For the first time since I started this blog, I experienced a troll on one of my social media outlets. I don’t want to get too specific because I don’t think it’s worth engaging in it anymore. But I do have to admit that I took the bait when it first happened, and it bothered me enough to blog about it — which I’m doing right now.
I posted something about coconut oil for topical use, and this person completely hijacked the conversation, stating that eating coconut oil and other saturated fats was terrible for heart health, and that instead we should be eating soy and corn oil and more polyunsaturated fatty acids.
- He likened following traditional diet practices to following a cult.
- He said that the folks who’ve influenced and inspired my view of healthy eating were “wannabe nutritionists” and hacks.
- He dismissed a highly regarded meta-analysis that casts serious doubt on the validity of the claim that ‘saturated fat causes heart disease.’
- He said that the only valid research on this topic is from the 80’s before drugs like Lipotor came out and confounded all the evidence, so was unable to cite any new research to support his claims.
- Then he said that he hoped that I’d “see the light” before it was too late and I died of CVD (cardiovascular disease) later in life.
This person was a doctor.
People on the thread were thanking him for clarifying “confusing information on healthy fats,” and I just couldn’t let it go. I couldn’t. I wasn’t going to say anything, but the thread was growing and more people started engaging this guy, asking him to share his research and saying they were happy that he could clarify what the “right” food choices were. He cited a website with an intentionally anonymous author and said that this nameless person was the expert on understanding hard scientific evidence and debunking diet trends. The website he referred to has a stated vegan agenda. When I quoted a study that he’d shared through this anonymously sourced website as evidence for my argument and asked him to respond, he ignored me and continued to spew. It was clear that he didn’t want to have a conversation; he wanted to hijack my thread and make it about him and his “expertise” on the topic of CVD and dietary saturated fat.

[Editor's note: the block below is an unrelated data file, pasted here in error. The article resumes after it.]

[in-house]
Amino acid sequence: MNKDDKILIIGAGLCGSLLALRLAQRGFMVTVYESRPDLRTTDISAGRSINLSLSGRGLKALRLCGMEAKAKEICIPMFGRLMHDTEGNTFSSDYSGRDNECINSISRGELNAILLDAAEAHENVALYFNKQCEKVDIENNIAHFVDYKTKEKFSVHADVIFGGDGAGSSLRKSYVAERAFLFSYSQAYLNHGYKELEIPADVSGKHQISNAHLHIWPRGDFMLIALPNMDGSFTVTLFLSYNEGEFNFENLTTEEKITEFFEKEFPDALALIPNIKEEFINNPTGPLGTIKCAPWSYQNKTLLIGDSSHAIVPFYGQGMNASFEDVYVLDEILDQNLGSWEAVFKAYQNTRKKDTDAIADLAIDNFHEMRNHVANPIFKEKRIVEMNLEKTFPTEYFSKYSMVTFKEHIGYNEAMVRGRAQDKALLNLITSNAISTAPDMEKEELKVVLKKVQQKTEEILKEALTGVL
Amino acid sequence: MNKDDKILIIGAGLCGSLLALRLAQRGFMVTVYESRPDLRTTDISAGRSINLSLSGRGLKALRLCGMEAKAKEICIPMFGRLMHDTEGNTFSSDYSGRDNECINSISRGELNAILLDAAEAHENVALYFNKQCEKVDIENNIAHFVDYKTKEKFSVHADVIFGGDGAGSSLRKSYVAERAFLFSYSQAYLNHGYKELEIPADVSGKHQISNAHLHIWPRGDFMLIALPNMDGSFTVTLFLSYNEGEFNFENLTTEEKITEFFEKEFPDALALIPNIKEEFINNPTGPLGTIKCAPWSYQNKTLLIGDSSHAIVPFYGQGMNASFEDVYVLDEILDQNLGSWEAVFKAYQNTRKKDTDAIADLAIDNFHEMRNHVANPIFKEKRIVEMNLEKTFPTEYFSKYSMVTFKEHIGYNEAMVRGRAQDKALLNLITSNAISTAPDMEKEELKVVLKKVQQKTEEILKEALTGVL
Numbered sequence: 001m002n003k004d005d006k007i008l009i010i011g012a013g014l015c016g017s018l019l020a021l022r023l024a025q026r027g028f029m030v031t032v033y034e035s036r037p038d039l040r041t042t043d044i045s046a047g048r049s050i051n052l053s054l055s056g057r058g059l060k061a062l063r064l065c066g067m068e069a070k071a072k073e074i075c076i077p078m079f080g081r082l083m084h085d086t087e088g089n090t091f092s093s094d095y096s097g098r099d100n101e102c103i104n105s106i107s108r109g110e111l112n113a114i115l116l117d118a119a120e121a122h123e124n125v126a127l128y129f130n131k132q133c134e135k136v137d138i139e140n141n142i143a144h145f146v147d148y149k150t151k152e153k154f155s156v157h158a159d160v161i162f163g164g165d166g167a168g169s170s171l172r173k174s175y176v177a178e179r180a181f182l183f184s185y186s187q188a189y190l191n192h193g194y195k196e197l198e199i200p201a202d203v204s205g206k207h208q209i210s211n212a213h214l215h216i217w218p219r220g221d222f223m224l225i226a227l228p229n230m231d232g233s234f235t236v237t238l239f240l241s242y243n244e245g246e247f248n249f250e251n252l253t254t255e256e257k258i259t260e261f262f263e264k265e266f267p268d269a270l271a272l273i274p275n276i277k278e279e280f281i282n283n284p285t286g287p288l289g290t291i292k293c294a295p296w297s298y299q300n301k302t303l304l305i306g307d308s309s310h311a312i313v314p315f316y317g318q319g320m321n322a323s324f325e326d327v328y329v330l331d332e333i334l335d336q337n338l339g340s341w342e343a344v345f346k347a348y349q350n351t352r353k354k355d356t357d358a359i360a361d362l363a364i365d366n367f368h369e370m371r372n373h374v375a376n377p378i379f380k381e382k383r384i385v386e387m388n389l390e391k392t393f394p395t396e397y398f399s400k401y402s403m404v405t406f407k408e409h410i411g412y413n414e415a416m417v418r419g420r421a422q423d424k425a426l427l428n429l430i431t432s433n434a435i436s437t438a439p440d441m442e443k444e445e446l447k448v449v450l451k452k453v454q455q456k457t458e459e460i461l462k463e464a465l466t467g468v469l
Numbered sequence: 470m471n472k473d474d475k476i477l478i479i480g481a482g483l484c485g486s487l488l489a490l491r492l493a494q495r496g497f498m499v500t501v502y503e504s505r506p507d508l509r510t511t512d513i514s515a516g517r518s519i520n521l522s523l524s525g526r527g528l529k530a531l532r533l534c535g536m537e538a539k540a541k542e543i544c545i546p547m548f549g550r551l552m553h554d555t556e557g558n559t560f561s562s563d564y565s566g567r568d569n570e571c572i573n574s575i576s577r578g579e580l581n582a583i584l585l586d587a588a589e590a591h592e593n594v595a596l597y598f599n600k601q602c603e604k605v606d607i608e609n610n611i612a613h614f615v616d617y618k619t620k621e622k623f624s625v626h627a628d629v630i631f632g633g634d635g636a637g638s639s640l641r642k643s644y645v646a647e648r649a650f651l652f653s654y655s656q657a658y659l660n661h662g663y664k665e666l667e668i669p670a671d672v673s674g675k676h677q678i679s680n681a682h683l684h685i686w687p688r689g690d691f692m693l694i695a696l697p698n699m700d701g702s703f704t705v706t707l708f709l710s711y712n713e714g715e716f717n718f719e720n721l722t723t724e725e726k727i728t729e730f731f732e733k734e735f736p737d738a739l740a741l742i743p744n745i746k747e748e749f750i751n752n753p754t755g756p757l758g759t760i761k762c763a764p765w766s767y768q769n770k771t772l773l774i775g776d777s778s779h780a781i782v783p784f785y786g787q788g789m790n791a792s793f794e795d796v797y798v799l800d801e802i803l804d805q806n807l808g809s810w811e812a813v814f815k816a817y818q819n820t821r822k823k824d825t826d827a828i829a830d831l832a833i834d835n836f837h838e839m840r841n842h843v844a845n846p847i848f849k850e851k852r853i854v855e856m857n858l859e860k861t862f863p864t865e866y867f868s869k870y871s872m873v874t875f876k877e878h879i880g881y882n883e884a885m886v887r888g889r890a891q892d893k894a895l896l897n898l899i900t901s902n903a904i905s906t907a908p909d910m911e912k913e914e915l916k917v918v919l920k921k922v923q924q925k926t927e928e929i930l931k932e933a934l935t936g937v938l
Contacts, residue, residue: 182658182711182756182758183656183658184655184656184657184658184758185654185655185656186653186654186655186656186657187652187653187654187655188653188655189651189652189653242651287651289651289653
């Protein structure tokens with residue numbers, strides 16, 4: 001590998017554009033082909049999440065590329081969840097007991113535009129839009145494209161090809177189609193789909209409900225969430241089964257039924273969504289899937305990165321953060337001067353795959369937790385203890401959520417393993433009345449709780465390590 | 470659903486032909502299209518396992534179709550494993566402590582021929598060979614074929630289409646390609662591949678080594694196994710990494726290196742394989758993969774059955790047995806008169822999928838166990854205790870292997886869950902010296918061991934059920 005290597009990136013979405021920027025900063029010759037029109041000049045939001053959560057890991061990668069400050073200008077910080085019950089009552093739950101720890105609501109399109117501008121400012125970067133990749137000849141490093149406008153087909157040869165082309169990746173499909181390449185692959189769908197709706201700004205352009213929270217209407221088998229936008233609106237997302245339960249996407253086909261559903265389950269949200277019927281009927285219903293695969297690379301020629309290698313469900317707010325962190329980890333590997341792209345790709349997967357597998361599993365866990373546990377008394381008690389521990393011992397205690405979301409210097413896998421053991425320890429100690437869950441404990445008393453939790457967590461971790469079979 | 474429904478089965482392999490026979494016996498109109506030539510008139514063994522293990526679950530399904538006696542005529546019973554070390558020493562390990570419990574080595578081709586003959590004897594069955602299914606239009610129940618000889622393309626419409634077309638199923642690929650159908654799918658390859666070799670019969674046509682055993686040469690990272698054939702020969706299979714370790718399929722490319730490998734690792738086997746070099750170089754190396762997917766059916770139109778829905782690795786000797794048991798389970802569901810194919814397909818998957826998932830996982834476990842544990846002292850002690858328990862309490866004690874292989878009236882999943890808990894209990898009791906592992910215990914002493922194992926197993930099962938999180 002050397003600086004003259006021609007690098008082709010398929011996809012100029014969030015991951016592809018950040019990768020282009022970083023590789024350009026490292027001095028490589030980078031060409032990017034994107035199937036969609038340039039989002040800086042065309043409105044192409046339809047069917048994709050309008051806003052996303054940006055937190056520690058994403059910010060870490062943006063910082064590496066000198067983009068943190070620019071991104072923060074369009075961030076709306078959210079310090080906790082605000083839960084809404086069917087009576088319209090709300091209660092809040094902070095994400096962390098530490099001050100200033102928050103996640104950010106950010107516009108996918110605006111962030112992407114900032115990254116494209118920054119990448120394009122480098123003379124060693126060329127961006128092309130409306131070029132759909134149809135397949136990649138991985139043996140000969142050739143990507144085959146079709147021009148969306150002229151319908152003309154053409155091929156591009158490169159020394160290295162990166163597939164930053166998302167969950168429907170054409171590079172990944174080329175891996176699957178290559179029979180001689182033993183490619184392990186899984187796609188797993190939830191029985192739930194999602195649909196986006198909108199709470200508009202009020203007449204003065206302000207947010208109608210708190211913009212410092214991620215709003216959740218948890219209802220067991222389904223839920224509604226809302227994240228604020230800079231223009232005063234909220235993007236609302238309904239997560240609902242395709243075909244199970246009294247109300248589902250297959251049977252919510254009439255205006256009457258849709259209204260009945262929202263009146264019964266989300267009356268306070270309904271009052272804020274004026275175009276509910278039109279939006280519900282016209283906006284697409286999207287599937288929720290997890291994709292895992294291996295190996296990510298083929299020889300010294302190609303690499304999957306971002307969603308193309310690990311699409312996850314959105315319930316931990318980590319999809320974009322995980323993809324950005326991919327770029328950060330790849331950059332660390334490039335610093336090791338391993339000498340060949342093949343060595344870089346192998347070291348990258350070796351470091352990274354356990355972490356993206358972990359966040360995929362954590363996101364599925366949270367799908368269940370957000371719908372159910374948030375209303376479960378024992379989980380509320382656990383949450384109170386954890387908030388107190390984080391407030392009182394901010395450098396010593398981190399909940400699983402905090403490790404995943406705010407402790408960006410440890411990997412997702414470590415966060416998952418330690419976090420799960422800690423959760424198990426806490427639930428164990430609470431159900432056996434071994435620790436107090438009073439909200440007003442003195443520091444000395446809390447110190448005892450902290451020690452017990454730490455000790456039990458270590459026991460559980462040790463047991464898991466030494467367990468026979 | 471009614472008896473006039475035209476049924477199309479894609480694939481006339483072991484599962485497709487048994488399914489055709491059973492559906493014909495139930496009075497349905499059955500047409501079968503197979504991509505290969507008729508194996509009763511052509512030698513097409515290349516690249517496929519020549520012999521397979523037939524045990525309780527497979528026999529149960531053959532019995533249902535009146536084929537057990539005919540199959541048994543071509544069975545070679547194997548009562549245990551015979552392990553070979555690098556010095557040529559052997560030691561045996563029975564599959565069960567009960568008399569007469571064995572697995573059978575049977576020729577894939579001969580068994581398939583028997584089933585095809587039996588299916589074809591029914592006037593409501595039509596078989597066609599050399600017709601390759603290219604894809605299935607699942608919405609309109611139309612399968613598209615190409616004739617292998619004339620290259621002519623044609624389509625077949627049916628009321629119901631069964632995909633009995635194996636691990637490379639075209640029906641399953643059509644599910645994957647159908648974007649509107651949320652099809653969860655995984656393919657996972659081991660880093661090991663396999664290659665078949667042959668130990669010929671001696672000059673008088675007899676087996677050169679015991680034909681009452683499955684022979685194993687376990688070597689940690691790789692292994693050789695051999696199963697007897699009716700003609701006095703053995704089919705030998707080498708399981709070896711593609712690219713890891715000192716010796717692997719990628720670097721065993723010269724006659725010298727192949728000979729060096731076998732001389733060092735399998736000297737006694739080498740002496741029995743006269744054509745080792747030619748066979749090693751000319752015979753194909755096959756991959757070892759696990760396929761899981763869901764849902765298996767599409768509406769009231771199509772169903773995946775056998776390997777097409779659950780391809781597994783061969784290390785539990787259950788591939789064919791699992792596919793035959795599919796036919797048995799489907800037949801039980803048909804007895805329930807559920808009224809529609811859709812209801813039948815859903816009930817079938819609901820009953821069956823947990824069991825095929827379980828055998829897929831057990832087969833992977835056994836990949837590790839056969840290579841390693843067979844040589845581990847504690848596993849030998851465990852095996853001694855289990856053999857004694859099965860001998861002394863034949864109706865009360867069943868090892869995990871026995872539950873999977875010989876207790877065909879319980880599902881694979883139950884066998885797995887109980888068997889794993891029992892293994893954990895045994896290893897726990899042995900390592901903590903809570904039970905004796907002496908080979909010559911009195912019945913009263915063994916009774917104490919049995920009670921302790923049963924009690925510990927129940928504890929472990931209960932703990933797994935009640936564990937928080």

Choosing Your Battles
Over the course of my life, I’ve struggled with keeping my mouth shut at appropriate times, knowing (or not knowing) when to leave well enough alone, recognizing a futile argument when I see one, etc.
I was absolutely and fully sucked in to the “liberal college kid” syndrome. You know the one where you leave home for the first time and realize that everyone in your family is a conservative freak? And you simply MUST take it upon yourself to start every idealist liberal argument that comes up vaguely at the Thanksgiving dinner table your first visit home during freshman year? The one where you develop shiny new principled views on every social justice issue from racism to transgender issues to homelessness and the environmental atrocities taking place in your home state of Texas? Yes, that one. That passionate sense of injustice for anyone who’s ever been subjugated or persecuted fills you with rage to the point that you develop a ridiculous notion of personal responsibility to educate the world through teenage activism in the form of calling your republican father a bigot at Christmas. Yes, I did that. I got a bit carried away at times. I yelled. I cried. I slammed doors. I picked up my plate and moved. Yes, I did all that. I was experiencing growing pains, and so were the
members of my family victims.